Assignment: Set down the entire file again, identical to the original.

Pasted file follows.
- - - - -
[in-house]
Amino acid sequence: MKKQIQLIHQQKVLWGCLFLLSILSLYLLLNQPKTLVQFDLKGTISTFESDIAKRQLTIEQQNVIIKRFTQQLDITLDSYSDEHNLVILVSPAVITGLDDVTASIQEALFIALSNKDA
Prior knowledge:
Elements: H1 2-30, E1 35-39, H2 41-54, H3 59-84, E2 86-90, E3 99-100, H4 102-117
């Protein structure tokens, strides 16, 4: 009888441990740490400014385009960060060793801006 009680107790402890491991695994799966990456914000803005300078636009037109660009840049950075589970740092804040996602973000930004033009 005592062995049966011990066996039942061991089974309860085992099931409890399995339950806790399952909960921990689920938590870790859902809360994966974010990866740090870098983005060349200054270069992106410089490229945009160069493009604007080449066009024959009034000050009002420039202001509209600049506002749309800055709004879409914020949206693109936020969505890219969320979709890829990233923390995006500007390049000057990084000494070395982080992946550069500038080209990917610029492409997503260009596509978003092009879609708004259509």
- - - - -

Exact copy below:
[in-house]
Amino acid sequence: MKKQIQLIHQQKVLWGCLFLLSILSLYLLLNQPKTLVQFDLKGTISTFESDIAKRQLTIEQQNVIIKRFTQQLDITLDSYSDEHNLVILVSPAVITGLDDVTASIQEALFIALSNKDA
Prior knowledge:
Elements: H1 2-30, E1 35-39, H2 41-54, H3 59-84, E2 86-90, E3 99-100, H4 102-117
């Protein structure tokens, strides 16, 4: 009888441990740490400014385009960060060793801006 009680107790402890491991695994799966990456914000803005300078636009037109660009840049950075589970740092804040996602973000930004033009 005592062995049966011990066996039942061991089974309860085992099931409890399995339950806790399952909960921990689920938590870790859902809360994966974010990866740090870098983005060349200054270069992106410089490229945009160069493009604007080449066009024959009034000050009002420039202001509209600049506002749309800055709004879409914020949206693109936020969505890219969320979709890829990233923390995006500007390049000057990084000494070395982080992946550069500038080209990917610029492409997503260009596509978003092009879609708004259509």